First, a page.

Malawi Congress Party (MCP) wants Malawi Electoral Commission (MEC) to suspend the first phase of voter registration in Dedza, Kasungu and Salima due to technical hiccups and lack of mass sensitisation.
MCP publicity secretary the Reverend Maurice Munthali said in a statement yesterday the opposition party is not satisfied with the manner the voter registration exercise is being conducted.
He said: “We have noted with great concern that there is low turn-out of people coming to register in almost all the centres in the three districts of Kasungu, Dedza and Salima due to inadequate sensitisation by MEC and institutions accredited to conduct voter and civic education across the country among other reasons.”
MEC commissioner Moffat Banda yesterday refused to comment on the issue because the opposition party is yet to lodge an official complaint.
Munthali said MEC did not do enough sensitisation for people ahead of the registration exercise.
He said the party feels MEC is not capable of handling the whole registration exercise because of persistent breakdown of registration equipment, lack or late delivery of fuel for generator sets, weak solar panels and inadequate registration materials, among other reasons.
On Wednesday this week, Malawi Electoral Support Network (Mesn) chairperson Steve Duwa also acknowledged the low turnout in all centres in the three districts under the first phase of the registration.
He attributed the poor turnout to lack of civic education and funding delays to accredited civil society organisations (CSOs).
The affected districts lie in the Central Region, which is widely regarded as an MCP stronghold based on the number of legislators and ward councillors in past elections.
Besides technical hitches, Munthali—who said he visited some of the centres in Kasungu yesterday—said there was also confusion among eligible voters because of an overlap of the registration process with other programmes, notably the Farm Input Subsidy Programme (Fisp) and the pending Population and Housing Census.
He said: “Some people also think that the registration for national identity cards suffices for the voting as well. Some of those who are eligible to vote in the national polls are unable to register now because they are still in school and others are sitting examinations.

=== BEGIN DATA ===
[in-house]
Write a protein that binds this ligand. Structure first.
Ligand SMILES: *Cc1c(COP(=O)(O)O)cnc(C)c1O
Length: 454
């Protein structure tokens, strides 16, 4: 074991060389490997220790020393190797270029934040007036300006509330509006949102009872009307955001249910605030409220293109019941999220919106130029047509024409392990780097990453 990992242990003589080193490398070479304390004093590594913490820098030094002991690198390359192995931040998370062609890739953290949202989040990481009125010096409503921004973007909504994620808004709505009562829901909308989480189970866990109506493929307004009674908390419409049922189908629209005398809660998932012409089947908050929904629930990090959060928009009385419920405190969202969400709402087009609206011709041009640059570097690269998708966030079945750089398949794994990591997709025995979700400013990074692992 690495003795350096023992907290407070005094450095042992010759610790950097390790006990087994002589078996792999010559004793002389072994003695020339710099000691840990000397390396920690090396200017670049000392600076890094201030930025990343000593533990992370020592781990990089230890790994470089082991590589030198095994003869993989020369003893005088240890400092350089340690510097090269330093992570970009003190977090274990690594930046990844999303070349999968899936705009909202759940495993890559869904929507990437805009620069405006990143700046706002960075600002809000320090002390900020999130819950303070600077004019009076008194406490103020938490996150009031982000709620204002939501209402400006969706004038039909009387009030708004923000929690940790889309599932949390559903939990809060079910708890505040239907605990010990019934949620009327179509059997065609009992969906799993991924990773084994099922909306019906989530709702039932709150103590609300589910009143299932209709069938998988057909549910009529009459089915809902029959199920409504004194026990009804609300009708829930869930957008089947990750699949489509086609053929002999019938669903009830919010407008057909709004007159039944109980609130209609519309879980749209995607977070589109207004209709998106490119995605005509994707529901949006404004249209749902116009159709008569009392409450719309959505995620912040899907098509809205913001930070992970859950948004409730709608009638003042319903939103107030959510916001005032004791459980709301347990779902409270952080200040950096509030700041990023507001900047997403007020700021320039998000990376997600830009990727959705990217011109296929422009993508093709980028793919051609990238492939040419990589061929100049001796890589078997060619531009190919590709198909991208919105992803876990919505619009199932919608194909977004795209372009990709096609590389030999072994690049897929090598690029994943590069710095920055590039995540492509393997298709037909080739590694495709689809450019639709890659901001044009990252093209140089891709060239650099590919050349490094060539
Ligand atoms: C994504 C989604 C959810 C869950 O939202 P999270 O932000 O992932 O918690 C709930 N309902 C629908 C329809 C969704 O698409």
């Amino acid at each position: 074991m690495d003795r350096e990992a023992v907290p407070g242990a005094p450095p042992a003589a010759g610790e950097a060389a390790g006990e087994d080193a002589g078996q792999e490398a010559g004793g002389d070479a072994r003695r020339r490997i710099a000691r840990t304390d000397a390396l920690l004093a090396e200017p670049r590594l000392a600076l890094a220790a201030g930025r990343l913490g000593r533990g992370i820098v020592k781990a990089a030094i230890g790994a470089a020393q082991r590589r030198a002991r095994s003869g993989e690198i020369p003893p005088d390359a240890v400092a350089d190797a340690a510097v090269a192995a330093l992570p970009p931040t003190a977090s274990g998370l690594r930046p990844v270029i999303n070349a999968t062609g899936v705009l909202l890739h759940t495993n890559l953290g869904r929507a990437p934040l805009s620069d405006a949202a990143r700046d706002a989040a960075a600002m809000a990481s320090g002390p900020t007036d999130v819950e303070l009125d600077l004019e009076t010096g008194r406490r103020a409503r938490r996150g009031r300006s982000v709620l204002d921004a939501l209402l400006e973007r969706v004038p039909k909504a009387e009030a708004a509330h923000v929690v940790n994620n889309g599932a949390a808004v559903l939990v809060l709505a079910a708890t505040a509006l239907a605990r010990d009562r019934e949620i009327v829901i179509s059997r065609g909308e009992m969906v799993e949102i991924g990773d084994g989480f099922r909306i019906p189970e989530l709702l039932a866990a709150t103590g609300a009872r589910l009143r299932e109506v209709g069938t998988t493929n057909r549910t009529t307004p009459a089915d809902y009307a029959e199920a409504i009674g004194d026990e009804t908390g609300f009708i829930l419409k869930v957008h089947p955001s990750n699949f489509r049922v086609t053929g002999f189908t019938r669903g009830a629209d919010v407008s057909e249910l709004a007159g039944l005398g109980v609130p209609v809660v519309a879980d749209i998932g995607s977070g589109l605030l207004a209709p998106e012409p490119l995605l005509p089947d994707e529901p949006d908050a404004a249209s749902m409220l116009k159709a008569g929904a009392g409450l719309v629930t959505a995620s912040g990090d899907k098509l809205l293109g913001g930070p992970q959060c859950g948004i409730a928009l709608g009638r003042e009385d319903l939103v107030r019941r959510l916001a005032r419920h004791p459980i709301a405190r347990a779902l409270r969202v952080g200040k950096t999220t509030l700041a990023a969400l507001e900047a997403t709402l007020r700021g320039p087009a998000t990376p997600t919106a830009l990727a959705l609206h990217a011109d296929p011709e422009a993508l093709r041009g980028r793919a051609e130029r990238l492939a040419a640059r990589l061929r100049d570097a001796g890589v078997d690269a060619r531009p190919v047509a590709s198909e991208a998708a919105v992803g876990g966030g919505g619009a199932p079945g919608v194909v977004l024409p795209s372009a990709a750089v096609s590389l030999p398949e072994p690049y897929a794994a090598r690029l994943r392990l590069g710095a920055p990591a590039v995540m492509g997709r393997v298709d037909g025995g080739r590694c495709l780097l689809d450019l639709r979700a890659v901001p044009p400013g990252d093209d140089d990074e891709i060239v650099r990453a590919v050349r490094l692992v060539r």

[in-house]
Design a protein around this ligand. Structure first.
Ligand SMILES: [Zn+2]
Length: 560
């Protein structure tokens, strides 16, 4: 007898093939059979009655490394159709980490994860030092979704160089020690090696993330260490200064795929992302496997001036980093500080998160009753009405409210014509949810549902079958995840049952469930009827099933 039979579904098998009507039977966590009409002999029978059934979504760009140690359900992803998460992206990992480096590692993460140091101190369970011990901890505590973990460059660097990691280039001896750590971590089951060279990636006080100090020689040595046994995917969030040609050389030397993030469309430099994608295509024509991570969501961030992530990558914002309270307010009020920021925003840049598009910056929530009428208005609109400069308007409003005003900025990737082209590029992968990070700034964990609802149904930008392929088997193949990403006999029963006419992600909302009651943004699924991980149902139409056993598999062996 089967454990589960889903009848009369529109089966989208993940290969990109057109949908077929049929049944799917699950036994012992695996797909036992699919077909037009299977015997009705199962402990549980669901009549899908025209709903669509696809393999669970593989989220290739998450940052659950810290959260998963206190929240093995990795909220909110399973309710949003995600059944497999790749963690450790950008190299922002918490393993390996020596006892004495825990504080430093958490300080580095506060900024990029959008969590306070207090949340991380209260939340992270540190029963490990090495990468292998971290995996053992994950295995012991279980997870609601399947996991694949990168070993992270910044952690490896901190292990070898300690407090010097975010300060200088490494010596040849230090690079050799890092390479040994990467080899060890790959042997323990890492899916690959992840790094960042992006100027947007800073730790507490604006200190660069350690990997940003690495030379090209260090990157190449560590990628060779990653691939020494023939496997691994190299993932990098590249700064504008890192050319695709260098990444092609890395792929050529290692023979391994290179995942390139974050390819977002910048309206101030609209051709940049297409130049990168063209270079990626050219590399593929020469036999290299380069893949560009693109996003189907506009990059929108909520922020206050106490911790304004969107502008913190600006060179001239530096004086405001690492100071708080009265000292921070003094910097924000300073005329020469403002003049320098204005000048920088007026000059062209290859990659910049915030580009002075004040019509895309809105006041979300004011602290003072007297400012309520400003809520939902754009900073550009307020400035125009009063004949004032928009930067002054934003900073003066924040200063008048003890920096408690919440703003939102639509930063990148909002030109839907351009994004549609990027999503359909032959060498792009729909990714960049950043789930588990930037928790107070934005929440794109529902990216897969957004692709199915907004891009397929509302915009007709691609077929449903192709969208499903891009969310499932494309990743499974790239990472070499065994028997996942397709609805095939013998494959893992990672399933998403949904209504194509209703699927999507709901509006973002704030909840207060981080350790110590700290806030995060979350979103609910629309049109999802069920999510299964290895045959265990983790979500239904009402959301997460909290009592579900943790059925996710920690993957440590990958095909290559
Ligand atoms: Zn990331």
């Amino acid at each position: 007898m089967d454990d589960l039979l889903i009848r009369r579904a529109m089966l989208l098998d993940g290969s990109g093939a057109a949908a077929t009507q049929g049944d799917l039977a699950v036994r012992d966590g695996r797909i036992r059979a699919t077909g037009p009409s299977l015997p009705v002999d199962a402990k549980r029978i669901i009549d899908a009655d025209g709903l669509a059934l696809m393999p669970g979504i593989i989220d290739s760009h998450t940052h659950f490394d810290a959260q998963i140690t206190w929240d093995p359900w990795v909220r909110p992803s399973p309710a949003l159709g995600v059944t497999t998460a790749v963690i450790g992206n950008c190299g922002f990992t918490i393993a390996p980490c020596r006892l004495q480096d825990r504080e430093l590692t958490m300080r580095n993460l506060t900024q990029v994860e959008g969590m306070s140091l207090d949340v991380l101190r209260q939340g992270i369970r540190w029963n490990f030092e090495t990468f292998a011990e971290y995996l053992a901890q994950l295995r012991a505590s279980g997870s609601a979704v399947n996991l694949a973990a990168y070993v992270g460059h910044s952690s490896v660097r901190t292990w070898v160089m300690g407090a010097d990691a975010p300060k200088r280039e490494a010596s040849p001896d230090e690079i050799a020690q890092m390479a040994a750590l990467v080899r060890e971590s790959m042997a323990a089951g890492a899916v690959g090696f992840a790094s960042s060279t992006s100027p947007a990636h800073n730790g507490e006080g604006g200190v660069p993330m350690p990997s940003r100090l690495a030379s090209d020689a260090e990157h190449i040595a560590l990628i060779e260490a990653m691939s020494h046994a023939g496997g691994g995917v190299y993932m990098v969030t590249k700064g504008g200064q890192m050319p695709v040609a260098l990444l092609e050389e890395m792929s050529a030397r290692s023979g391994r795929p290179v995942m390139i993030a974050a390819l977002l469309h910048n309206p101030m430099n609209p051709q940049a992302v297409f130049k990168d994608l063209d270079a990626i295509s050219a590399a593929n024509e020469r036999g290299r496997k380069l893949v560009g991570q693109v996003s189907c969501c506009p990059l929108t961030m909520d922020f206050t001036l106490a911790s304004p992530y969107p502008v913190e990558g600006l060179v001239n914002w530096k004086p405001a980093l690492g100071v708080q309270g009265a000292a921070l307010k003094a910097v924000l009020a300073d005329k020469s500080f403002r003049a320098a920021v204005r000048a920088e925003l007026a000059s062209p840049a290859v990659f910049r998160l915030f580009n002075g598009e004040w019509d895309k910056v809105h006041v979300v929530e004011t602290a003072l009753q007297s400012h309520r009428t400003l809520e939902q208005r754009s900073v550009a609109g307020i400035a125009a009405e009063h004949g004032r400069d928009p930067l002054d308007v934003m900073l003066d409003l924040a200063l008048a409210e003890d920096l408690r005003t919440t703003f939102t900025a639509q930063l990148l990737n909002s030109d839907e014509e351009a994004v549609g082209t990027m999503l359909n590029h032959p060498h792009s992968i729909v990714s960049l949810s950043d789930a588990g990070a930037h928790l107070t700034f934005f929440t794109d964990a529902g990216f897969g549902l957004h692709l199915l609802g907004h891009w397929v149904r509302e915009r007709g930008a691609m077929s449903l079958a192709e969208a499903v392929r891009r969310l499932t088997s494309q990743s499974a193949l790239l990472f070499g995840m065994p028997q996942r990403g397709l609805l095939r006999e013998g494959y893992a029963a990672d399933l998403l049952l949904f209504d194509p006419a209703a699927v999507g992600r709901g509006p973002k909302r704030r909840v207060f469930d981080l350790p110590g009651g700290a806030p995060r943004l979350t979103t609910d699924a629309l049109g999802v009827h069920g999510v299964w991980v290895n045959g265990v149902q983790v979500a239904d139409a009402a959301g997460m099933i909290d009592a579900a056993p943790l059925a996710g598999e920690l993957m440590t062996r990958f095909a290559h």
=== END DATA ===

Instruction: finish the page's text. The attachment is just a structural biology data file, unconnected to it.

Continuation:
“All these factors raise more questions than answers as to whether MEC is really ready to handle the electoral process credibly and professionally, otherwise the entire exercise is a total mess.”
But Banda, in his comment on the issues MCP raised through the media, said his team visited centres in Salima where it observed overwhelming response to the registration process.
He said: “Yesterday we were in Salima where we found that voter registration turnout was very encouraging, unless if we have a concrete complaint from individual party. We found that the maximum number of people registering per day is 170.”
But one of the MEC officials supervising the process in Kasungu confided that turnout was low.
The Nation established that in Kasungu 80 people registered on the first day at a centre in Kasungu North Constituency, but nobody was registered at the centre on the second day because of the malfunctioning registration equipment.
At the same centre, records showed that 130 registered on the fourth day and thereafter the number kept dwindling in the range of 46 to 58 registrants per day.
Dedza East legislator Juliana Lungu (MCP) tweeted that she was dismayed by the number of people registering in her constituency.
Her tweet showed that 359 people registered on June 26, but the figure began dropping from between 126 the following day to 37 people registering per day. She said on her tweet “this needs a quick action”.
When contacted for their reactions, People’s Party (PP) and Democratic Progressive Party (DPP) observed that people have the right to vote, but they could not be drawn into commenting on whether MEC should suspend the registration exercise.
PP spokesperson Noah Chimpeni said in a telephone interview that just like any other political party, MCP has a role to play in sensitising masses so that they know the importance of registration in readiness for the forthcoming tripartite elections.
DPP publicity secretary Nicholas Dausi shared similar sentiments that every eligible Malawian has the right to vote; hence, the need to give everybody the chance to register.
During an interface meeting with MEC, Public Affairs Committee (PAC) chairperson the Reverend Felix Chingota feared the 2019 Tripartite Elections would be marred by voter apathy and violence.